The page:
Microplastics change the intestinal flora of seabirds | Polarjournal
A previous study in Svalbard found that 22.5 percent of northern fulmars had more than 0.1 grams of plastic in their stomachs (Trevail et al. 2015). Photo: Julia Hager

Microplastics in the intestines of seabirds have another significant impact in addition to negative effects such as the risk of injury and adhering pollutants: the plastic particles change the composition of the bacterial community in the intestines from “good” bacteria to pathogens as well as antibiotic-resistant and plastic-degrading bacteria. A new study by researchers from Germany, Portugal and Canada shows that the more microplastics in birds’ guts, the more their microbial diversity changes.

The research team studied two species of seabirds that frequently ingest plastic: the Northern fulmar, whose distribution extends from temperate northern latitudes to the Arctic and is an established bioindicator of plastic, and the Cory’s shearwater, which occurs throughout the Atlantic. Both species feed on mollusks, crustaceans and fish and migrate thousands of kilometers over the year, allowing global inferences.

In their research, the scientists found that microplastic ingestion alters the microbial community throughout the animals’ digestive tracts. The greater the mass of microplastics, the lower the diversity of the gut microbiome. However, the greater the number of particles, the greater the diversity of microorganisms, which in this case is not at all positive. The more particles they found in the gastrointestinal tract, the more pathogenic and antibiotic-resistant bacteria the researchers detected.

Microplastic in bird gut
The microplastic particles in a section of the gastrointestinal tract are visible to the naked eye. Photo: Yasmina Rodríguez, University of the Azores

At the same time, the commensal, i.e. “good” intestinal bacteria decreased. But, just as in humans, these are the key to the health of the animal. They contribute to the normal and healthy functioning of the gut and play a critical role in immune modulation and protection against pathogens. If their composition is disturbed, this has an impact on health-related processes and the animal may become ill.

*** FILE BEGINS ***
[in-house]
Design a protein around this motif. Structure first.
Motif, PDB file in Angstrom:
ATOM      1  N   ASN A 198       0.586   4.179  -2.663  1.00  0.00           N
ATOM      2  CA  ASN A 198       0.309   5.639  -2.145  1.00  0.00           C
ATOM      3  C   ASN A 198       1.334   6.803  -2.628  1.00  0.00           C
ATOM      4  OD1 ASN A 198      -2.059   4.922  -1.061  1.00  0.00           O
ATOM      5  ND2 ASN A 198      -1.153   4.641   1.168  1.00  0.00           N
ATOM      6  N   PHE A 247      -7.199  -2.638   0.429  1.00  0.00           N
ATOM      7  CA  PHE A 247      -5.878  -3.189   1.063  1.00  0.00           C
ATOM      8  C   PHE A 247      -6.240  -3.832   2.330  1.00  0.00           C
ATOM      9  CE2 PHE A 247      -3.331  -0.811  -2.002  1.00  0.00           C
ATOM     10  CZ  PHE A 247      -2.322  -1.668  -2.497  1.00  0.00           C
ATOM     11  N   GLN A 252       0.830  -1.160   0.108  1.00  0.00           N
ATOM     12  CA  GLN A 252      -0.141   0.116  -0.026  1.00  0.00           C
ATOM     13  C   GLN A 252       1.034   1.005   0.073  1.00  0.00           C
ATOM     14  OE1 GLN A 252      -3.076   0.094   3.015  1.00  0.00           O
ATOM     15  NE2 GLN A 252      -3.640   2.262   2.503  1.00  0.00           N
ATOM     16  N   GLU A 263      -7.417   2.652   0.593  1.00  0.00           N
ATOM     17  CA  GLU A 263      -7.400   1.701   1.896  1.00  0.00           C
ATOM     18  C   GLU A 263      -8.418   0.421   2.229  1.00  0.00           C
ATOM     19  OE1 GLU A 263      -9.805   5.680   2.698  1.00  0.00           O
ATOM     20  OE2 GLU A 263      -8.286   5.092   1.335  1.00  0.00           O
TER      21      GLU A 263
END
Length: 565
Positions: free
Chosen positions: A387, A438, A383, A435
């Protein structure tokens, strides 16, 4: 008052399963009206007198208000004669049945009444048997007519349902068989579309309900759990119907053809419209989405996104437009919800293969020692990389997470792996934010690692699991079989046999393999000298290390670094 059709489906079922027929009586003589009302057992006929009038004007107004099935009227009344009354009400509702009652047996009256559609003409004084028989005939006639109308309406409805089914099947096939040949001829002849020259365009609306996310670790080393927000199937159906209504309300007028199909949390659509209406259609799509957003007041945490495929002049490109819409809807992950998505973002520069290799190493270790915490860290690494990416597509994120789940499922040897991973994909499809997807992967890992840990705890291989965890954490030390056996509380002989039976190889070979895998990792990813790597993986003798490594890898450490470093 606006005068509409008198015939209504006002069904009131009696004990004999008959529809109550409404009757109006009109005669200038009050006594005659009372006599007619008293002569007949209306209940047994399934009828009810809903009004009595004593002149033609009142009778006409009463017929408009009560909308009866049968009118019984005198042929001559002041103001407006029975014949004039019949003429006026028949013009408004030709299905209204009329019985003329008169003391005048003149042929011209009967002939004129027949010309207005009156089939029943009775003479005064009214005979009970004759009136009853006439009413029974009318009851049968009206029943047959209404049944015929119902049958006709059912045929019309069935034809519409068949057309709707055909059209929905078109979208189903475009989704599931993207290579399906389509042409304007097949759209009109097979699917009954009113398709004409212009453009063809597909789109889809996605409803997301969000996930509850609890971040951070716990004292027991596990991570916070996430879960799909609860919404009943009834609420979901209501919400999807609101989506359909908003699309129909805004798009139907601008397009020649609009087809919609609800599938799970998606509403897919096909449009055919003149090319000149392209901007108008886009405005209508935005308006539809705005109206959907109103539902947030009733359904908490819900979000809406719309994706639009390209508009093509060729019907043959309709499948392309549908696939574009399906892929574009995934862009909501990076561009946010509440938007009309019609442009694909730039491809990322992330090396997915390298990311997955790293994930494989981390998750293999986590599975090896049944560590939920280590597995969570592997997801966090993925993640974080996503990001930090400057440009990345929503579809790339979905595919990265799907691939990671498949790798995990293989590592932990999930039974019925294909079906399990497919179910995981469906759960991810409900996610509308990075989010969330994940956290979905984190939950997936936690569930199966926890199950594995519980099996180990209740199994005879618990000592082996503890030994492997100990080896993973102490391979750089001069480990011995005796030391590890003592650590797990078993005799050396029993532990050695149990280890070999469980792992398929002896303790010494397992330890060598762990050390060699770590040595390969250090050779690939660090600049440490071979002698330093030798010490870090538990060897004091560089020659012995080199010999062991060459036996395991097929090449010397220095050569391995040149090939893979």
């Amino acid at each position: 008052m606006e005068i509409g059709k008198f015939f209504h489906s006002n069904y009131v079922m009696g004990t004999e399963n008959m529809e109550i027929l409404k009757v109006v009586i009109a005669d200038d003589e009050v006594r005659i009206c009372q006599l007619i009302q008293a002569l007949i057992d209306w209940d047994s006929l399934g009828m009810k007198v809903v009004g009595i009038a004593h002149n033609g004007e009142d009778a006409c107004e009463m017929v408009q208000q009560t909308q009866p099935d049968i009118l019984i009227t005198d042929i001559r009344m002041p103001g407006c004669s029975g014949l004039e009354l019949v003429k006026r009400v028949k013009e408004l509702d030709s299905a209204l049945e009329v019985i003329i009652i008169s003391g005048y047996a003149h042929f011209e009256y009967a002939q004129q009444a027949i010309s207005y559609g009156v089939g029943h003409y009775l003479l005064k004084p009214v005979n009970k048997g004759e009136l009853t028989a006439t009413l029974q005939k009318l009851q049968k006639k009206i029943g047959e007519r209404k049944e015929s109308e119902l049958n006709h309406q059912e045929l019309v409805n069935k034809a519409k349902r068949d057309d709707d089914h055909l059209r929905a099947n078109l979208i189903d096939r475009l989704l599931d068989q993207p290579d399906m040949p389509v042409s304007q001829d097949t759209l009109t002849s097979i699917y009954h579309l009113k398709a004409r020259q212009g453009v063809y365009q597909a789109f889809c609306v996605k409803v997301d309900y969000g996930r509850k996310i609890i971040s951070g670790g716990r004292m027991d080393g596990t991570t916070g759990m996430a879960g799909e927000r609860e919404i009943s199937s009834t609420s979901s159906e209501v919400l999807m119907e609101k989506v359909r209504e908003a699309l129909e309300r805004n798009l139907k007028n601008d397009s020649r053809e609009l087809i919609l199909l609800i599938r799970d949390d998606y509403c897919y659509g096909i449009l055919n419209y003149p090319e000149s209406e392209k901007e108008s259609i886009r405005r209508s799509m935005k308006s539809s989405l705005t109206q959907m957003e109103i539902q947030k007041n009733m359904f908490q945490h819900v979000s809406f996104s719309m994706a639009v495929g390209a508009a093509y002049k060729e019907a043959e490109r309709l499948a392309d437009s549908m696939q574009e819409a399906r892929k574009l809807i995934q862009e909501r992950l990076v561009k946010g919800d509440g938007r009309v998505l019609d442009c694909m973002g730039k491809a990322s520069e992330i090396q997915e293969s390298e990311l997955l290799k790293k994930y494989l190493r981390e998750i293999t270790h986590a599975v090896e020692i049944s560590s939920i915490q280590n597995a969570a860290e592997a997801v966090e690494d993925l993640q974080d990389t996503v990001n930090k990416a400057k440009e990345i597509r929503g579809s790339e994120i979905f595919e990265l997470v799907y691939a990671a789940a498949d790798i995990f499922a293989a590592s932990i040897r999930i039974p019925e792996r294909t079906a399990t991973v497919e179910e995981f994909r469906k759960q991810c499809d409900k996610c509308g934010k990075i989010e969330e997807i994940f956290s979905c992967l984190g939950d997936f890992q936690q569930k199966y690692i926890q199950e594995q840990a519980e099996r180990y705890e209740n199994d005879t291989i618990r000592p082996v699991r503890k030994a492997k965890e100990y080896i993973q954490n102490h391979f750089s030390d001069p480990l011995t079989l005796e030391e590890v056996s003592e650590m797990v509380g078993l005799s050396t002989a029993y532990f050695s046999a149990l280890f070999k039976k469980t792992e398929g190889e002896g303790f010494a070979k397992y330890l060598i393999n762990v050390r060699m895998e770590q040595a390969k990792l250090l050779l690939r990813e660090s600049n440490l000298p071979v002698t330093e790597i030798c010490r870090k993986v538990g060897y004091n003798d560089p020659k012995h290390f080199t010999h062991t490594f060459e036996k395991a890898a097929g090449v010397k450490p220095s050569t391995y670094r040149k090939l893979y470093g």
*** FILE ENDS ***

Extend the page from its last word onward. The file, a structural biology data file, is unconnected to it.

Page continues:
The pathogenic, antibiotic-resistant, and plastic-degrading bacteria enter the birds’ intestines as part of a community of viruses and algae living on the plastic particles called the “plastisphere.” This explains the contrasting results on the diversity of bacteria depending on the mass or number of microplastic particles. Whether the pathogenic microorganisms actually cause disease in the birds was not part of this study and remains to be clarified in future studies. Moreover, each plastic part carries a cocktail of various chemicals (plasticizers, flame retardants, pesticides, fertilizers, environmental toxins,…), which can also have adverse health effects.

Gloria Fackelmann, the first author, conducted the study as part of her doctoral thesis at the University of Ulm. Photo: private

The current study shows that microplastic concentrations, such as those found in the environment, can lead to changes in gut flora in animal species that frequently ingest plastic. According to the study, this can have not only short-term individual damage, but potentially long-term cross-species consequences, as the contaminants are expected to accumulate through the food web. “Our conclusions reflect the current situation in the wild. Since humans also uptake microplastics from the environment and through food, this study should act as a warning for us humans,” the authors said.

Julia Hager, PolarJournal

Link to the study: Fackelmann G, Pham CK, Rodríguez Y, Mallory ML, Provencher JF, Baak JE, Sommer S (2023) Current levels of microplastic pollution impact wild seabird gut microbiomes. Nature Ecology & Evolution. DOI: 10.1038/s41559-023-02013-z

More on the subject:

Print Friendly, PDF & Email
error: Content is protected !!
Share This